From John, April 28th, 2012

Modern agriculture tends to view plants as monocultural events.  Hence a field of corn standing alone; a hill of beans all by its lonesome or a crop of squash with no competition.  And yet plants did not evolve this way and, until fairly recently, agriculture did not work this way.  Before Europeans adopted corn as a staple it was grown by native Americans as part of a  “sacred triangle” incorporating beans and squash into the cultivation.  These plants not only complemented each other physiologically in terms of what they added and took away from the soil around them but they also complemented each other nutritiously so that, when consumed as a group, they provided a balanced diet of amino acids, vitamins and minerals. The plant community in general tends to work this way with different plants often complimenting each other and providing synergy to the system.
When one applies this thinking to the growing of grapes, a plethora of covercrops (that is those plants grown between the rows of grapevines) begins to emerge.  Clover fixes nitrogen from the atmosphere and makes it available to other plants such as grapes.  Buckwheat accumulates insoluble phospohorus and when it is turned over releases it back into the soil in plant available form.  Peas and chicory send long tap roots down into the soil and mine it for insoluble minerals such as potassium which they then return as plant soluble entities.  Mustard also sends down taproots which spew out allelopathic chemicals which kill or inhibit nematodes.  The more that you search, the more that you find.
But let us return to the original premise that modern agriculture is blind to this community of plants.  Corn is corn and nothing else should compete with it or be allowed to live in the same field with it.  We will wrench nitrogen out of the atmosphere by using copious quantities of petroleum to fuel the Haber process and we will add other nutrients such as potassium and phosphorus by mining them. None of these activities are ultimately sustainable but pay that no mind because we have our attention fixed on killing anything that might want to sprout and grow in that corn field other than corn.  Enter Monsanto, one of the biggest agricultural chemical companies in the world.  At first they were interested in selling Roundup (glyophosphate) a herbicide which pretty effectively killed broadleafs and many grasses.  So they genetically modified a corn plant to be resistant to glyophosphate so that farmers could spray copious quantities of that chemical on their fields.  And as one might predict since evolution is proceeding around us, soon many weeds became Roundup tolerant and those expensive seeds that farmers were buying and the expensive Roundup that they were spraying became ineffective.  So enter the new regime: 2,4-D resistant corn plants and the use of an even more potent herbicide than Roundup (anyone over age 50 will remember 2,4-D which was one of the teratogenic parts of Agent Orange, that wondrous chemical sprayed all over Vietnam which caused mayhem amongst the people of Vietnam).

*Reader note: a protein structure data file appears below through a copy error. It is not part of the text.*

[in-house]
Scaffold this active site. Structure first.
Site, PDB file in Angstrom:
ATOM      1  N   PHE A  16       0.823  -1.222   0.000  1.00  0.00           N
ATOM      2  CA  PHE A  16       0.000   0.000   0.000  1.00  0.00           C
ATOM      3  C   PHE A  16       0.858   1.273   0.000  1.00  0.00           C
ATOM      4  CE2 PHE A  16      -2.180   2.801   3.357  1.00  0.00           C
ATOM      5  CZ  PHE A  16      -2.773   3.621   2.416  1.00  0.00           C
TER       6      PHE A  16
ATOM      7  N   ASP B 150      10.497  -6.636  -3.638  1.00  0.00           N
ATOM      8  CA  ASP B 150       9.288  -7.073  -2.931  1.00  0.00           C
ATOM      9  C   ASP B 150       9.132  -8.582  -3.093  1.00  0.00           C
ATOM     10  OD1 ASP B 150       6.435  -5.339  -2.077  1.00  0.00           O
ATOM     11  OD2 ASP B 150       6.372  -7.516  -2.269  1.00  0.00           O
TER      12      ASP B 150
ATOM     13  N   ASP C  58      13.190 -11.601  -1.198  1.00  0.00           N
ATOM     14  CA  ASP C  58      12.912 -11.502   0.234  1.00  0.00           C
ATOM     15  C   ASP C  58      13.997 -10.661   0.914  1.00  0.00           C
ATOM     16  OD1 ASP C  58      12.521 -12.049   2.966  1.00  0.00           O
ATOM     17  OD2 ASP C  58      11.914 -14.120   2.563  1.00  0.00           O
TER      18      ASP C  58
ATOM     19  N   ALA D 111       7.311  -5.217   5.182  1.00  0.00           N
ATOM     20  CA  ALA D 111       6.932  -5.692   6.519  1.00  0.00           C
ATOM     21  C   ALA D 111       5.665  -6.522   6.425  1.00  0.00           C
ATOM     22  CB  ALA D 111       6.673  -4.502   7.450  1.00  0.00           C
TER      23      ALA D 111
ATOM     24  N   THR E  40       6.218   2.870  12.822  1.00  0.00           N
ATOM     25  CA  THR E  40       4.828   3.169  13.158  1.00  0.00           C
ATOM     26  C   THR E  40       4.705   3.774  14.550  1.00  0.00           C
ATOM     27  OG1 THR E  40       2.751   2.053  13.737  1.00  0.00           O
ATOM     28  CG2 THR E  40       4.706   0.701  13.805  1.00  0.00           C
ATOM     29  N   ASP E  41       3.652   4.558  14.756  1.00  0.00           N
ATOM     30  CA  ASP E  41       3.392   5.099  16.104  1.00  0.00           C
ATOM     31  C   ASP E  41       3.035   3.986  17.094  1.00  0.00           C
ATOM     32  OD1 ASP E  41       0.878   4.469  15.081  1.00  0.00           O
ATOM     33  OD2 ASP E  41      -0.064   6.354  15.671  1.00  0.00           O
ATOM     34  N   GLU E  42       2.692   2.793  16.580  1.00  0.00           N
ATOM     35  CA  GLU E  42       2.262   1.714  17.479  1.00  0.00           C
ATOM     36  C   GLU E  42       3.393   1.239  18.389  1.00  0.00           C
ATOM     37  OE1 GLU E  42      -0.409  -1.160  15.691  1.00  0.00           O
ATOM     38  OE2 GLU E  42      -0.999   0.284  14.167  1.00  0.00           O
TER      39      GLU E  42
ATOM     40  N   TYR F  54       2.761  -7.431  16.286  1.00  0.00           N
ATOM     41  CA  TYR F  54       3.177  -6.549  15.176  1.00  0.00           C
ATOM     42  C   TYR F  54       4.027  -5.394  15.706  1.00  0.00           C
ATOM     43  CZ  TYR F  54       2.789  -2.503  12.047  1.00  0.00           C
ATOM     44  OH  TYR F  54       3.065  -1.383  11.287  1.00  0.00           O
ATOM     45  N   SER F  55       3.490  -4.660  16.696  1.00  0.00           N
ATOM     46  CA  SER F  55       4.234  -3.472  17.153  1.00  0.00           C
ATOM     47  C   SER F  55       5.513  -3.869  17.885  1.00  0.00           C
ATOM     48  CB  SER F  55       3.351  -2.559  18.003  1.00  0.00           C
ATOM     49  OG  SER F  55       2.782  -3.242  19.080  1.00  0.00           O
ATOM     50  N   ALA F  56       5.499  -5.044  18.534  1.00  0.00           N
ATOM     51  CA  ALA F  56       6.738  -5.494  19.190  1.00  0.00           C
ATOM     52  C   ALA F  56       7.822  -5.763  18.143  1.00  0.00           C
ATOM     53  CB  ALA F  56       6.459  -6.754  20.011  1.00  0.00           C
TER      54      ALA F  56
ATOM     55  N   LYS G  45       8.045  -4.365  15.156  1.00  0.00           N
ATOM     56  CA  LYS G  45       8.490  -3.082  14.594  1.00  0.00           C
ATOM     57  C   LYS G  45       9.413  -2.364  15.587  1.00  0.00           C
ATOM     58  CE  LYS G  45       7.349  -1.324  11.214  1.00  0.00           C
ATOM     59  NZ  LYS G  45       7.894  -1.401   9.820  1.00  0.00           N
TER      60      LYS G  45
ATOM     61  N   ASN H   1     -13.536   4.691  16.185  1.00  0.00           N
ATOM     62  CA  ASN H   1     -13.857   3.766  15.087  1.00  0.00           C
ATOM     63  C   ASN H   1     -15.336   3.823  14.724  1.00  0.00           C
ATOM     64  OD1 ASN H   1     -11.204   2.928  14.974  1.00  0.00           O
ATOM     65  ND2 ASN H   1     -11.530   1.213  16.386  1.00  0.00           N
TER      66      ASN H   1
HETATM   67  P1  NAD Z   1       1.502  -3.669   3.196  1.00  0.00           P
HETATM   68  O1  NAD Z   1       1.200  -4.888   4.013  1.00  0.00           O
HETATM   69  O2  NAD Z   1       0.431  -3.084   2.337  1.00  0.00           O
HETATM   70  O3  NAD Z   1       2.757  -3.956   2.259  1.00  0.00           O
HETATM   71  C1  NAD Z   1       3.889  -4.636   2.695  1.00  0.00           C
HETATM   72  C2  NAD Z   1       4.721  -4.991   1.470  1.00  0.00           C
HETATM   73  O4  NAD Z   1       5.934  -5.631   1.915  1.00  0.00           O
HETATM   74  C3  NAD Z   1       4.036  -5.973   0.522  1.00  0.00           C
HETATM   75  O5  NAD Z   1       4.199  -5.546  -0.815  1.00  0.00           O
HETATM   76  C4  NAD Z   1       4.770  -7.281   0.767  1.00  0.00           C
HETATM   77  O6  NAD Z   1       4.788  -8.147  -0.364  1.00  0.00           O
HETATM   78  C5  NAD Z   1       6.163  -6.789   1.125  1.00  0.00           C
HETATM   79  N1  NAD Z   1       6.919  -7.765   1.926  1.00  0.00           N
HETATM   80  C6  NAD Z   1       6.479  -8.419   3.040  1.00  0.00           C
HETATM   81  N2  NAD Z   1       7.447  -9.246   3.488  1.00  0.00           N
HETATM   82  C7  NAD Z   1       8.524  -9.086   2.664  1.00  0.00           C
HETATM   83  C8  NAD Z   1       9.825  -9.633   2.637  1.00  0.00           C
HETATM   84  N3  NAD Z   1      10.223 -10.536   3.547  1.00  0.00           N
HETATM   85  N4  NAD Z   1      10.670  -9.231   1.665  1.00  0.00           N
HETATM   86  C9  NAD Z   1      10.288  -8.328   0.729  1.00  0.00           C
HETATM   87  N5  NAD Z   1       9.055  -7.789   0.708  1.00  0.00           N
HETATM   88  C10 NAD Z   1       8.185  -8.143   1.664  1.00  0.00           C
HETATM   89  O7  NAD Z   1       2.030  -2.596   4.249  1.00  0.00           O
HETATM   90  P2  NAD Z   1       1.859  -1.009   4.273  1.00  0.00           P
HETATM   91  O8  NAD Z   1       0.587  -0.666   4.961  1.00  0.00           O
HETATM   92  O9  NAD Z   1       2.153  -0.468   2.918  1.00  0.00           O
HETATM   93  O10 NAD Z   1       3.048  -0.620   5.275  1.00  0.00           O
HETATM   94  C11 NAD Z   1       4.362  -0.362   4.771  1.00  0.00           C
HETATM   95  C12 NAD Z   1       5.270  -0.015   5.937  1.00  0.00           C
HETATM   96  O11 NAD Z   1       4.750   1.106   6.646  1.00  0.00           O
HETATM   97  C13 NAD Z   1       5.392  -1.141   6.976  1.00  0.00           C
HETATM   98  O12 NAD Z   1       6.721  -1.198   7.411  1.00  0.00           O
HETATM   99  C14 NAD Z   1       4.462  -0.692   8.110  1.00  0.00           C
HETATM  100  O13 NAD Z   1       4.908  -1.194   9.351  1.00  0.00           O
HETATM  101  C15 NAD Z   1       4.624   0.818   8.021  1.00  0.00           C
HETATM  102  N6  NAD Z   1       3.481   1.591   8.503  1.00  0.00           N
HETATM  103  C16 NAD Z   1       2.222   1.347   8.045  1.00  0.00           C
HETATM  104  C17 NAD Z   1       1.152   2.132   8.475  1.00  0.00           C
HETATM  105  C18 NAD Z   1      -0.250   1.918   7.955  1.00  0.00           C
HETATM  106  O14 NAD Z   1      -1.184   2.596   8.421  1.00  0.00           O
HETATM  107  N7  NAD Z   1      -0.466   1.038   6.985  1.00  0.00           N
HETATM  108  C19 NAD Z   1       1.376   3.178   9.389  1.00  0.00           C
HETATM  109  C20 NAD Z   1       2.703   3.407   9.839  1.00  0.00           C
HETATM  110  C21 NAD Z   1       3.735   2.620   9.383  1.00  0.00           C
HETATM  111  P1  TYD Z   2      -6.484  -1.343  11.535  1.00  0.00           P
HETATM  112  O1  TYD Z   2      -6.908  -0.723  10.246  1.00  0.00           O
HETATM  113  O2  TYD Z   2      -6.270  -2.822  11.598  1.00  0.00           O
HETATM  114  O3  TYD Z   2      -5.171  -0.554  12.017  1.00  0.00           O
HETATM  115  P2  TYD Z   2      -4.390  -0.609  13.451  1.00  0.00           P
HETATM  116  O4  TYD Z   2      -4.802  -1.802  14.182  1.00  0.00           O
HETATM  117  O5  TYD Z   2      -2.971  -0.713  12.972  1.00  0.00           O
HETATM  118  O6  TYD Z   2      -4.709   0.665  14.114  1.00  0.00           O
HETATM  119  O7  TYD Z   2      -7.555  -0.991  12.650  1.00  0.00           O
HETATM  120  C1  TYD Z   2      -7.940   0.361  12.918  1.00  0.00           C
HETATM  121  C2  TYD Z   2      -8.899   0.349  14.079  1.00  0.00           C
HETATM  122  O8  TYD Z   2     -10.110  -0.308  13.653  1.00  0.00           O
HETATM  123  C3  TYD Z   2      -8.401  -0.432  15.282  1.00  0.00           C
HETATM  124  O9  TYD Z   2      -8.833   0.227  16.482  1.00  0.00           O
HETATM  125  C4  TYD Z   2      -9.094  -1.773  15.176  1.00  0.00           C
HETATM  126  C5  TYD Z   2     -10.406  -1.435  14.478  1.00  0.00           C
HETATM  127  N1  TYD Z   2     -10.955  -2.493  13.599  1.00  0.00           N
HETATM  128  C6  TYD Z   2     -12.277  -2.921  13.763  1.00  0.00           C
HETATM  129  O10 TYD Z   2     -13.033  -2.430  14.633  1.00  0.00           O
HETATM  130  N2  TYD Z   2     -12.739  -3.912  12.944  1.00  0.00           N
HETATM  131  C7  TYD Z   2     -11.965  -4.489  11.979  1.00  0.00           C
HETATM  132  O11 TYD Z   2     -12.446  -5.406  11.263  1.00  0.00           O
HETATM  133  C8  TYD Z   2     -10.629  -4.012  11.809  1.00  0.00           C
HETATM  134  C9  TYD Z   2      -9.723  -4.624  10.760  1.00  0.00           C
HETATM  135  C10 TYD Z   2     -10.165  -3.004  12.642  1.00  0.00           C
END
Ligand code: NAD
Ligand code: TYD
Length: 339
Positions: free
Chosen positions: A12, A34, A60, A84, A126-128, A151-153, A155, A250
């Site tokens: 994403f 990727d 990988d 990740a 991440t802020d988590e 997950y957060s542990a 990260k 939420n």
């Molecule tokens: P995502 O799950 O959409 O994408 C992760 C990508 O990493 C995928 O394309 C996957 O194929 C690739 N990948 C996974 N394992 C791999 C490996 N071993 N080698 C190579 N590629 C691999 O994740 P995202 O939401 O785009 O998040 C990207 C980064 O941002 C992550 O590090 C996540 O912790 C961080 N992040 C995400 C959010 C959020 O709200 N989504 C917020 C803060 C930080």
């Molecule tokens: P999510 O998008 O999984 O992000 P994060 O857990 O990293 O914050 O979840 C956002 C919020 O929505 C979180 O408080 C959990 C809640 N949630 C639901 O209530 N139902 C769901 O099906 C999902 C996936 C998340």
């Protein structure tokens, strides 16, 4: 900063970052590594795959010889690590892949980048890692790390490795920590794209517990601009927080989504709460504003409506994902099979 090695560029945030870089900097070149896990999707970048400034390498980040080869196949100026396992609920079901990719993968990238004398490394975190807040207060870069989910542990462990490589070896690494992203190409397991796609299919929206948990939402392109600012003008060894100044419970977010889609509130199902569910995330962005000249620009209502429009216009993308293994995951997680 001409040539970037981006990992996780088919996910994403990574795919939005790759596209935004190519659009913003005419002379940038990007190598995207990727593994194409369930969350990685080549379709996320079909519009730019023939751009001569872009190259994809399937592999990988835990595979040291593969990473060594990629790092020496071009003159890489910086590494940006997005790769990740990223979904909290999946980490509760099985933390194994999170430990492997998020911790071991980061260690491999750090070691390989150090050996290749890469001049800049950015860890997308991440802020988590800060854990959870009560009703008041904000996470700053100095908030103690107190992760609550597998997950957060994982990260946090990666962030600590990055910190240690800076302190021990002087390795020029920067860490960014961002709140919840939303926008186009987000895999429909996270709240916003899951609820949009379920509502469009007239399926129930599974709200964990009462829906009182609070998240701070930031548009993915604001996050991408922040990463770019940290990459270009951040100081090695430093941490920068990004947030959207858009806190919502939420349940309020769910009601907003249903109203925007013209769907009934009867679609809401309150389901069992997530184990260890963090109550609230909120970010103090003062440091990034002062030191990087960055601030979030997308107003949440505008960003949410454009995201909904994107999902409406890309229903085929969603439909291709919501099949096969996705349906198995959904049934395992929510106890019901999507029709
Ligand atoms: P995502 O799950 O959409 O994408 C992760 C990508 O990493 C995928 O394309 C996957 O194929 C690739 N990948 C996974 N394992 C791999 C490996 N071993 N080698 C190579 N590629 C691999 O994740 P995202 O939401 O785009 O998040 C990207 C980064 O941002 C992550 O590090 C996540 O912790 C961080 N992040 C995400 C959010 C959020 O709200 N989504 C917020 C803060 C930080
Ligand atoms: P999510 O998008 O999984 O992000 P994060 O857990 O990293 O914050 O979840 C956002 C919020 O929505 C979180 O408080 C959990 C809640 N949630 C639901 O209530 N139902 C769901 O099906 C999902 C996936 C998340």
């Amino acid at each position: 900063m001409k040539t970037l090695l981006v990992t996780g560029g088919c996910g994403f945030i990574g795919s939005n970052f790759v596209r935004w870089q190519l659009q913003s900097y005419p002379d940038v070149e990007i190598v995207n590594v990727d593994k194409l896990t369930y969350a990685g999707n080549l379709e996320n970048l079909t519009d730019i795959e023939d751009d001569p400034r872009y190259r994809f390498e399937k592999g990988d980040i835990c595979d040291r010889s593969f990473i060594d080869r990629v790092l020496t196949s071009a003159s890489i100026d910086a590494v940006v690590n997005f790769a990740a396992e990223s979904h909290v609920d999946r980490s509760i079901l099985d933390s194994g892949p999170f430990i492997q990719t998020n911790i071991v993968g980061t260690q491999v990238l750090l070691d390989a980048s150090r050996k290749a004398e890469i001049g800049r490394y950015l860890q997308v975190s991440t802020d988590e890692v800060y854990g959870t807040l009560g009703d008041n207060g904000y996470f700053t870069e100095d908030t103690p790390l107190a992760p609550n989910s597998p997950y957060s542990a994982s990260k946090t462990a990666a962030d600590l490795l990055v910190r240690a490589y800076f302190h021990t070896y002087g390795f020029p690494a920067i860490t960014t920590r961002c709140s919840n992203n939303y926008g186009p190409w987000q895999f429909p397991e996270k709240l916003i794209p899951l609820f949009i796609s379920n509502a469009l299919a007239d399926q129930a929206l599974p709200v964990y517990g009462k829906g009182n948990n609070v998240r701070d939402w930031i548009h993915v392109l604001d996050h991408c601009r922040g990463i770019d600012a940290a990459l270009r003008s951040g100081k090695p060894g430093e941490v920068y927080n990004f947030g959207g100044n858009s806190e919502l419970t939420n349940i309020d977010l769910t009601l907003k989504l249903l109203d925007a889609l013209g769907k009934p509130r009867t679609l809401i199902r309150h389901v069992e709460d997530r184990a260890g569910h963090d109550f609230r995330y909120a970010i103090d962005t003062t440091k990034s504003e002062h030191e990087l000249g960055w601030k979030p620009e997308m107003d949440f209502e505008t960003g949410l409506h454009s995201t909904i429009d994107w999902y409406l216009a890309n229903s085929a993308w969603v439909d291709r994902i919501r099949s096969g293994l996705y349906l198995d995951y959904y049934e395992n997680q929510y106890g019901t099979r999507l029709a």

However, it also turns out that 2,4-D is extremely toxic to grapevines and it is very volatile.  In its most common form (available in a product called Crossbow) this chemical can literally vaporize and move a mile or more infecting anything in its path.  So imagine if you will the scenerio of not only corn farmers but backyard suburban warriors all using massive quantities of Monsanto’s product.  I have yet to hear any outcry from the wine industry over the impending licensing of this product by the Obama administration but they should be alarmed, and so should you.  There is a way to live in this world that promotes health and harmony and I guarantee that spraying lots of carcinogenic herbicides in our fields is not it!

Ziggy Stardust, the Proverbial Spring Chicken

Ziggy Stardust, the Proverbial Spring Chicken

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